John Carroll O’Connor
Carroll O’Connor was born on August 2, 1924, in New York City. His father, Edward Joseph, was a lawyer, and his mother a teacher. Growing up in Elmhurst and Forest Hills, Queens, New York he spent his early years with family.
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Carroll had two brothers, Hugh and Robert. Hugh sadly died in a motorcycle accident. Robert became a psychiatrist.
Carroll O’Connor – Education
Carroll attended Wake Forest University, North Carolina, but left school when World War II broke out. Once the war came to an end, he continued his education at the University of Montana and met Nancy Fields, who eventually became his wife. Although he did not take any drama courses, he acted in various theater productions as a student. He later left that institution for University College Dublin and completed his undergraduate studies there. On July 28, 1951, O’Connor married Nancy Fields in Dublin, Ireland. Subsequently, in 1956, he went back to the University of Montana for a Master’s Degree in Speech.
Carroll appeared in a few theatrical productions in Dublin and New York in the 1950s but first gained traction when he was cast by actor/director Burgess Meredith. He starred in the Off-Broadway performance of James Joyce’s novel, Ulysses. Carroll’s and Meredith’s friendship lasted until their last days.
Carroll O’Connor – Progress as an Actor
After making his TV debut in two episodes of Sunday Showcase, Carroll was offered other roles on different TV series. He had a successful acting career in the 1960s and early 1970s and is known for his roles in movies like Lonely Are the Brave (1962) and Cleopatra (1963). In most of his films, his roles were often police or military officers and he showcased his talents for playing arrogant characters. During the 1960s, Carroll also appeared in episodes of well-known TV shows like The Americans and Naked City among others.
In 1962, while in Rome filming Cleopatra, he and his wife adopted a baby boy. They named him Hugh after one of Carroll’s brothers who had died in an accident.
All in the Family
Carroll O’Connor made his big breakthrough as an actor when he landed the role of Archie Bunker on the endearing TV show All in the Family in 1971.
Please read our in-depth article on All in the Family by clicking the Archie Bunker photo below:
After his son Hugh committed suicide on March 28, 1995 following a long battle with drug addiction, Carroll sought to bring awareness to this taboo topic by appearing in public service announcements for the Partnership for a Drug-Free America. He fought tirelessly against illegal street drugs for the rest of his life. The Drug Dealer Civil Liability Act came into effect in 1997, and it mandates drug dealers to pay for the medical care costs and rehabilitation costs they cause while distributing drugs.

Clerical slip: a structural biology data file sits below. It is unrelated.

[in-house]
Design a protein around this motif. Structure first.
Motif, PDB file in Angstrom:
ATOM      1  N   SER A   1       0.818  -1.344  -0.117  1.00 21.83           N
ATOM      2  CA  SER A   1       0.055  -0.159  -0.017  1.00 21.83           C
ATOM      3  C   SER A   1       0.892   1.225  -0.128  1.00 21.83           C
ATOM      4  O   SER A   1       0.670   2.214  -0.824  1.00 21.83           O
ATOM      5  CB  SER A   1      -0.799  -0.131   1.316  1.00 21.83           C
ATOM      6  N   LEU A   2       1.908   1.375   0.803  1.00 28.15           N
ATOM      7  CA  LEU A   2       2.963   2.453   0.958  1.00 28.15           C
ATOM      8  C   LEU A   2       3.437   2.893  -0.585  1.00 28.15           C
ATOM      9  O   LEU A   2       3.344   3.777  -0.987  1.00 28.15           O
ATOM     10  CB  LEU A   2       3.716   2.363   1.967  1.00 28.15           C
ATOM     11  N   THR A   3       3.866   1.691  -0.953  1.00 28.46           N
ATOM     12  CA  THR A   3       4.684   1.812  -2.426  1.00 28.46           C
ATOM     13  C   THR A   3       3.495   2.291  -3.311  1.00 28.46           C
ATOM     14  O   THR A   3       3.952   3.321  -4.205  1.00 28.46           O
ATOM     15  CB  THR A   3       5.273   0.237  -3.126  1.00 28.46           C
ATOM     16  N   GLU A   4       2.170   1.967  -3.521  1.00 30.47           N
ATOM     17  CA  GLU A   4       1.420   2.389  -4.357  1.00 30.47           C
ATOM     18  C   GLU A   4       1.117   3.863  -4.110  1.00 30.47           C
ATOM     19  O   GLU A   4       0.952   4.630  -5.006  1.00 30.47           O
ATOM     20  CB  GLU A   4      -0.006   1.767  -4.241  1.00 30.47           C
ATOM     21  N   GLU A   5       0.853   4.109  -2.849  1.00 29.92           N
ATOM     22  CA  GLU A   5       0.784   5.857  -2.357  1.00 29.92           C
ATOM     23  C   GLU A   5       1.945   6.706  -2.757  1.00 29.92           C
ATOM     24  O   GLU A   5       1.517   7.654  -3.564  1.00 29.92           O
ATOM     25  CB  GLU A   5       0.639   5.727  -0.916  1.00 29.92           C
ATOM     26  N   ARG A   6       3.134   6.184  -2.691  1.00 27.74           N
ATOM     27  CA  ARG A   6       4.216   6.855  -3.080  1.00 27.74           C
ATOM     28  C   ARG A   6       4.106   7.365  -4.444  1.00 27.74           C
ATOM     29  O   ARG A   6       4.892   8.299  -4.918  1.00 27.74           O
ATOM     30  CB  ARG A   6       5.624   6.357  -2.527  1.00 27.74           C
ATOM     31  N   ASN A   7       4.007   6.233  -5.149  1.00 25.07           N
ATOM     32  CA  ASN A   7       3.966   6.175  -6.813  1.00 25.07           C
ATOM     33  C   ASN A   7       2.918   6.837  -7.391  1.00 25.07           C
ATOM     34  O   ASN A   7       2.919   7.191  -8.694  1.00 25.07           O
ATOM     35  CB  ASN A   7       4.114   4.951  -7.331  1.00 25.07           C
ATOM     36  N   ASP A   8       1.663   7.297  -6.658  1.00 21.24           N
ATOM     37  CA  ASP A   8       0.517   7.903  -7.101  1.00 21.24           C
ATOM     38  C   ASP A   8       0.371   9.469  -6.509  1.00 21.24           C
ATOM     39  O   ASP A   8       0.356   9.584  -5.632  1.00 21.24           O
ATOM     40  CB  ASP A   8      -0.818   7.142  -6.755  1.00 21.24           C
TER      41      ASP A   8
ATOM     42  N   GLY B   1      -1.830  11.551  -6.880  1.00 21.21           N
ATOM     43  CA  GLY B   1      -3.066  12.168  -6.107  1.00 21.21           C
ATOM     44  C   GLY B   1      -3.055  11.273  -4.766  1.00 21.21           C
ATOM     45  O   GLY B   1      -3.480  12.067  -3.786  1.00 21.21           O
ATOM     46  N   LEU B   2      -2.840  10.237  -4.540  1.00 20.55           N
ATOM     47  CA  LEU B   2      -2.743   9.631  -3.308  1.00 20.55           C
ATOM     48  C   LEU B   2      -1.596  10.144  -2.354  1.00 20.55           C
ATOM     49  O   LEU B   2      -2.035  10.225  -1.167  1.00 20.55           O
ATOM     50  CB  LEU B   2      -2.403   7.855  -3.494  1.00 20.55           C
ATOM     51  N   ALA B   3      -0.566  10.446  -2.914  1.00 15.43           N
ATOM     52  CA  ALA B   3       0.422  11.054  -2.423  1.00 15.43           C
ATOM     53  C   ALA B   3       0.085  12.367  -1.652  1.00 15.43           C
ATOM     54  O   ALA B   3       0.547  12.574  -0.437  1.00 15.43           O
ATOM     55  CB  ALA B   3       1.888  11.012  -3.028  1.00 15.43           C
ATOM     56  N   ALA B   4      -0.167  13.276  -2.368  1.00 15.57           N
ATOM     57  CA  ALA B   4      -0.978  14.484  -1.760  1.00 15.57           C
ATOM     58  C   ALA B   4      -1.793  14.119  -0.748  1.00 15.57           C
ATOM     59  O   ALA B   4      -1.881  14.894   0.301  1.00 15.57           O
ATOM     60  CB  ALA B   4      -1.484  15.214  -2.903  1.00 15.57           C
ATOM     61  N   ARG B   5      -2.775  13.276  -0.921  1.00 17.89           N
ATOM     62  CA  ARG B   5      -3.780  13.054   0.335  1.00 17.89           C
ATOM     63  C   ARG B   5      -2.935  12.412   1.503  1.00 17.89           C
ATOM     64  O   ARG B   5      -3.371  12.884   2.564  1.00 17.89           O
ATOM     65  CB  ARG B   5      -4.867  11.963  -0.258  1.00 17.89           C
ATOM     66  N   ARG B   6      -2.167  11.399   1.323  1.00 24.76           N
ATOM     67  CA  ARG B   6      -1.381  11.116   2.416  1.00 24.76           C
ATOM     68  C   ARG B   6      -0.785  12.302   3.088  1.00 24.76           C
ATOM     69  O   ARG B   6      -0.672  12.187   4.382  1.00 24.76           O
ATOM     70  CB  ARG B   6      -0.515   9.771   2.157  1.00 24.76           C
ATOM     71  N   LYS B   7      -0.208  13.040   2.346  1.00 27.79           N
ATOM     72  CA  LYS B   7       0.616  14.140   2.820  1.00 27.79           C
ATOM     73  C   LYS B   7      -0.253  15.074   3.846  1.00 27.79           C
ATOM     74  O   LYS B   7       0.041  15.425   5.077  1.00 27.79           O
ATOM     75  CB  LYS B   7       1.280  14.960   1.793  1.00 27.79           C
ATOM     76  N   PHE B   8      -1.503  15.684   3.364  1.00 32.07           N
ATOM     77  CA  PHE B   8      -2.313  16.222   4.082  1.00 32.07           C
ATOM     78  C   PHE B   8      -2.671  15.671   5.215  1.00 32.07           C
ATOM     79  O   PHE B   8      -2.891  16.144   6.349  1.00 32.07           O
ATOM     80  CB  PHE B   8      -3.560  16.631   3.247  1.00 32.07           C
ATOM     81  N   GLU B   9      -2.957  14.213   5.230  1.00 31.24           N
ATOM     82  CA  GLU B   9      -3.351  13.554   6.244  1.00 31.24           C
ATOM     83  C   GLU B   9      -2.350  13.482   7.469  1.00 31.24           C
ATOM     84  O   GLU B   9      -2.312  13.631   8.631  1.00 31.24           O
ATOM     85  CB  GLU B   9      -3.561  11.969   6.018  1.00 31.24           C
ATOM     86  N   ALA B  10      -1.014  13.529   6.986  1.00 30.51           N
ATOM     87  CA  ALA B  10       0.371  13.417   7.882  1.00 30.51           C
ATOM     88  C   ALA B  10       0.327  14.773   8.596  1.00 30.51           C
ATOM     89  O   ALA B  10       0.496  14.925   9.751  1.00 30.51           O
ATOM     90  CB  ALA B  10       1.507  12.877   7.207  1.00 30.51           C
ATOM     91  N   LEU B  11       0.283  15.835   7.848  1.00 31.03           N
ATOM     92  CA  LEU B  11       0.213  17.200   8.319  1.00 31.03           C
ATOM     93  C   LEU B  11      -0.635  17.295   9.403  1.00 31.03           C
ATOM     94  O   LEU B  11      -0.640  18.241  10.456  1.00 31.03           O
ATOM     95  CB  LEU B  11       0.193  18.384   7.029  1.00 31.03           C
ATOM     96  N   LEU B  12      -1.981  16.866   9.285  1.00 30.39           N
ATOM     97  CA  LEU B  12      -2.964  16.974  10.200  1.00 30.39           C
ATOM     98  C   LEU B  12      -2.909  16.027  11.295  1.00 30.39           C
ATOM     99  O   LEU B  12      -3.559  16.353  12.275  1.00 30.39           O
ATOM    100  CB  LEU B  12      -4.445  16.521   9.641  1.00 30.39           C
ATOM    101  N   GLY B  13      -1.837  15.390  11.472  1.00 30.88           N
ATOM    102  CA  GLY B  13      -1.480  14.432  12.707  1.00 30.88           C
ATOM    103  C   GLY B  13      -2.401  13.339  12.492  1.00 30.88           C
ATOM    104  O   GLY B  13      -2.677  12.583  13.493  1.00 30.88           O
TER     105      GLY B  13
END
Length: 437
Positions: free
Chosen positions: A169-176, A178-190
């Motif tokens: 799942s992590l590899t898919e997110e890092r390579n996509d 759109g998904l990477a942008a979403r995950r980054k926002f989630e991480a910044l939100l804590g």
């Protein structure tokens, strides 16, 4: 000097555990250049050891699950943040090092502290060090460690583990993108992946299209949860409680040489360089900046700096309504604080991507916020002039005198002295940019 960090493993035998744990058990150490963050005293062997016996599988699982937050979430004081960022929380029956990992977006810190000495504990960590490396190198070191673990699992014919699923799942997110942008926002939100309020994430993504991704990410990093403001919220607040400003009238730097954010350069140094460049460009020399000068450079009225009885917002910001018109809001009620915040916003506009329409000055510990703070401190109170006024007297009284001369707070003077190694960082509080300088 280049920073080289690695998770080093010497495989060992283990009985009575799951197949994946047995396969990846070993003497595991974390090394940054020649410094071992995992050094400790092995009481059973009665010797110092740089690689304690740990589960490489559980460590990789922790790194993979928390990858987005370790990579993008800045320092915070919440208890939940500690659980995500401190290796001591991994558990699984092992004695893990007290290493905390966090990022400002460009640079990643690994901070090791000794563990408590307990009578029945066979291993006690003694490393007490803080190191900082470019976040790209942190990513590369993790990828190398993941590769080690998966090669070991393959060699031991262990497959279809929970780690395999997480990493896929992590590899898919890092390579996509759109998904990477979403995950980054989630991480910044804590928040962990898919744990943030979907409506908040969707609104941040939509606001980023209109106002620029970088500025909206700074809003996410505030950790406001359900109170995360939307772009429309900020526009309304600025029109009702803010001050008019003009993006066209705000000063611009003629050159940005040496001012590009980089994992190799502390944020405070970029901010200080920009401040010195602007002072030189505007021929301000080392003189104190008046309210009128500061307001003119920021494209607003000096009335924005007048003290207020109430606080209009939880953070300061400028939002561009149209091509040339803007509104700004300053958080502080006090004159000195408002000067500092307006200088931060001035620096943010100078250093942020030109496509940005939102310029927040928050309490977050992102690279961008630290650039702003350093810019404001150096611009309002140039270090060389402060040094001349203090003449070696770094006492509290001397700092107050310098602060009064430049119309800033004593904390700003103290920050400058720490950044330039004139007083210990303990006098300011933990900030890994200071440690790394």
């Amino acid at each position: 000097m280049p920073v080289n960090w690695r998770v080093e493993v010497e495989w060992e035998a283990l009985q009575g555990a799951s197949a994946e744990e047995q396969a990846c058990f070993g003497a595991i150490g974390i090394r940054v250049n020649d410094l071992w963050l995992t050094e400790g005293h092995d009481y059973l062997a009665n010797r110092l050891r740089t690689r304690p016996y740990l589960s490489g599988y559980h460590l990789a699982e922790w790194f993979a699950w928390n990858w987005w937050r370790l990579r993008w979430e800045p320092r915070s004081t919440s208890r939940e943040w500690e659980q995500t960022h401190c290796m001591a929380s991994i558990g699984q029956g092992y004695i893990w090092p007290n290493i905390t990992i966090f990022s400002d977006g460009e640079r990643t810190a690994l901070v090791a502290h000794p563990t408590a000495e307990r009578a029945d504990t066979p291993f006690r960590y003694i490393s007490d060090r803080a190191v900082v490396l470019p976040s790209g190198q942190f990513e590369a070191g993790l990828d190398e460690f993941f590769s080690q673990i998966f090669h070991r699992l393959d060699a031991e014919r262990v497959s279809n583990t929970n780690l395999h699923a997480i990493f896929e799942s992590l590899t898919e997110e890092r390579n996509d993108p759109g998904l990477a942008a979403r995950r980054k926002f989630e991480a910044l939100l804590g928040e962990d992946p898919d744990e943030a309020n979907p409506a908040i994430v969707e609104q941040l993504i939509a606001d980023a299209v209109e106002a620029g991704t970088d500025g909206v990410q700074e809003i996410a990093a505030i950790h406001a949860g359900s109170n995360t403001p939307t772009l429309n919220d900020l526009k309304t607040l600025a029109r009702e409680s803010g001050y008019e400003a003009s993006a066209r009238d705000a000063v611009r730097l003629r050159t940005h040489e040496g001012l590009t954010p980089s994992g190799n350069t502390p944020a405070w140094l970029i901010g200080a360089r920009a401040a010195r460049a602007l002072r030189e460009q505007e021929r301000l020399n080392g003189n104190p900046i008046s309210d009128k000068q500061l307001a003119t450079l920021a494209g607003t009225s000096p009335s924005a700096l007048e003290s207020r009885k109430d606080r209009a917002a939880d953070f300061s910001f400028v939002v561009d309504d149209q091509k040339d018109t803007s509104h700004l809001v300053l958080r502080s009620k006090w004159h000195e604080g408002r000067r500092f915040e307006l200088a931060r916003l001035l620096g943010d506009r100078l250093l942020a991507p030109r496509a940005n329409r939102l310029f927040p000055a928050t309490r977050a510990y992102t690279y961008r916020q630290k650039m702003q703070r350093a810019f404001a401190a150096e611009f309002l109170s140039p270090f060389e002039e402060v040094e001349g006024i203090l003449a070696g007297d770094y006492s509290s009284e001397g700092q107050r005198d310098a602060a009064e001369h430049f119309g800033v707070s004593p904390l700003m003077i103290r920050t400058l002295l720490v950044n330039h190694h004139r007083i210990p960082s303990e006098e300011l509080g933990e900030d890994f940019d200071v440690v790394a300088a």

In 1998, Carroll underwent another surgery to lessen his risk of stroke. His lifelong battle with diabetes ended on June 21, 2001, when he passed away at age 76.
John Carroll O’Connor’s funeral mass was held at Saint Paul the Apostle Catholic Church, Westwood, and he was buried at Westwood Village Memorial Park Cemetery. His tombstone reads “Carroll O’Connor” and on it is Hugh’s cenotaph.
Although Carroll O’Connor is gone, he will always be remembered for his on-screen legacy as well as for his fight to better humanity!
More Facts About Carroll O’Connor
- Carrol O’Conner co-wrote the All in the Family closing theme song “Remembering You”
- He quit his cigarette smoking habit in 1989, shortly after having heart bypass and gallbladder surgery
- O’Connor was considered for the role of The Skipper on Gilligan’s Island
- He was rejected by the US Navy Air Corps because of his bad teeth and poor grades. He eventually became a Merchant Seaman
- Fellow actor Burgess Meredith got him a role in an Off-Broadway play called Ulysses in 1950. They became life-long friends
- Carroll personally produced 61 episodes of the hit cop show “In The Heat of the Night” and directed 4 of those shows
- O’Connor’s father was convicted of fraud and served time in Sing-Sing penitentiary in New York.
- After reading the original script for All in the Family, Carroll was so convinced that the show would fail that he asked producers for a round trip plane ticket back to Italy where he was working on other acting projects
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